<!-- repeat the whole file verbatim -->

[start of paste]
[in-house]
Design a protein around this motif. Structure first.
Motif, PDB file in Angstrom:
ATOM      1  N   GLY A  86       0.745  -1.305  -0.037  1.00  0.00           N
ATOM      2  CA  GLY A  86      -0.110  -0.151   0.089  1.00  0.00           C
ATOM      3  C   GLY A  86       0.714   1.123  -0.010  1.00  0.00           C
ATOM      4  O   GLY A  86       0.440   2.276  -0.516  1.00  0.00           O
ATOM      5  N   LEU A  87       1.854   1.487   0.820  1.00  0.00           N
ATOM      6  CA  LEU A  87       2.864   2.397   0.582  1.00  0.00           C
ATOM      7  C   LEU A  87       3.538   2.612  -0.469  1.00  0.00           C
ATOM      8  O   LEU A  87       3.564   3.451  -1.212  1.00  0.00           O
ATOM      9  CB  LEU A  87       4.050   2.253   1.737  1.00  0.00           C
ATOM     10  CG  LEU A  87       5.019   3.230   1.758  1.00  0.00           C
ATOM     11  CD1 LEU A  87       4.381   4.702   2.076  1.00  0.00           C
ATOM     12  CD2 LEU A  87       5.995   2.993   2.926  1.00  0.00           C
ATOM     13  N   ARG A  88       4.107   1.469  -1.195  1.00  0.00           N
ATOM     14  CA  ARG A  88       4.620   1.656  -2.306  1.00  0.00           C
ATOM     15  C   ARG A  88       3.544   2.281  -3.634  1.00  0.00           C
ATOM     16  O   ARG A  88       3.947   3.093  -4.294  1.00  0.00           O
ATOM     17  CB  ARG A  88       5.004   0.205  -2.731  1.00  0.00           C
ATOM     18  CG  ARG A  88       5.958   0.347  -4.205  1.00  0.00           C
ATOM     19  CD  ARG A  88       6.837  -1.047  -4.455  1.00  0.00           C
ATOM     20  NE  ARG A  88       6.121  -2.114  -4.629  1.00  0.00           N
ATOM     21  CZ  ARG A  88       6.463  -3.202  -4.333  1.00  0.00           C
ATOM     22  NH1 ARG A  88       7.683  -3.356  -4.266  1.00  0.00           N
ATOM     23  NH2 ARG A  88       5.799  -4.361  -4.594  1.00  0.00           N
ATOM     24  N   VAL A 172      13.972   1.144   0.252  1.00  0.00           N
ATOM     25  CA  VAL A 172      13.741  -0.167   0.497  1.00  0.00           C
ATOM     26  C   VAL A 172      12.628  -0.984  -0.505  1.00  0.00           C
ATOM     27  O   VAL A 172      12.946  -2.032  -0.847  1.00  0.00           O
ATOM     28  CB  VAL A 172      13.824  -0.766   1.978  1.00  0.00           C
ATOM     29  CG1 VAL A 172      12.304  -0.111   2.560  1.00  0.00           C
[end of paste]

[in-house]
Design a protein around this motif. Structure first.
Motif, PDB file in Angstrom:
ATOM      1  N   GLY A  86       0.745  -1.305  -0.037  1.00  0.00           N
ATOM      2  CA  GLY A  86      -0.110  -0.151   0.089  1.00  0.00           C
ATOM      3  C   GLY A  86       0.714   1.123  -0.010  1.00  0.00           C
ATOM      4  O   GLY A  86       0.440   2.276  -0.516  1.00  0.00           O
ATOM      5  N   LEU A  87       1.854   1.487   0.820  1.00  0.00           N
ATOM      6  CA  LEU A  87       2.864   2.397   0.582  1.00  0.00           C
ATOM      7  C   LEU A  87       3.538   2.612  -0.469  1.00  0.00           C
ATOM      8  O   LEU A  87       3.564   3.451  -1.212  1.00  0.00           O
ATOM      9  CB  LEU A  87       4.050   2.253   1.737  1.00  0.00           C
ATOM     10  CG  LEU A  87       5.019   3.230   1.758  1.00  0.00           C
ATOM     11  CD1 LEU A  87       4.381   4.702   2.076  1.00  0.00           C
ATOM     12  CD2 LEU A  87       5.995   2.993   2.926  1.00  0.00           C
ATOM     13  N   ARG A  88       4.107   1.469  -1.195  1.00  0.00           N
ATOM     14  CA  ARG A  88       4.620   1.656  -2.306  1.00  0.00           C
ATOM     15  C   ARG A  88       3.544   2.281  -3.634  1.00  0.00           C
ATOM     16  O   ARG A  88       3.947   3.093  -4.294  1.00  0.00           O
ATOM     17  CB  ARG A  88       5.004   0.205  -2.731  1.00  0.00           C
ATOM     18  CG  ARG A  88       5.958   0.347  -4.205  1.00  0.00           C
ATOM     19  CD  ARG A  88       6.837  -1.047  -4.455  1.00  0.00           C
ATOM     20  NE  ARG A  88       6.121  -2.114  -4.629  1.00  0.00           N
ATOM     21  CZ  ARG A  88       6.463  -3.202  -4.333  1.00  0.00           C
ATOM     22  NH1 ARG A  88       7.683  -3.356  -4.266  1.00  0.00           N
ATOM     23  NH2 ARG A  88       5.799  -4.361  -4.594  1.00  0.00           N
ATOM     24  N   VAL A 172      13.972   1.144   0.252  1.00  0.00           N
ATOM     25  CA  VAL A 172      13.741  -0.167   0.497  1.00  0.00           C
ATOM     26  C   VAL A 172      12.628  -0.984  -0.505  1.00  0.00           C
ATOM     27  O   VAL A 172      12.946  -2.032  -0.847  1.00  0.00           O
ATOM     28  CB  VAL A 172      13.824  -0.766   1.978  1.00  0.00           C
ATOM     29  CG1 VAL A 172      12.304  -0.111   2.560  1.00  0.00           C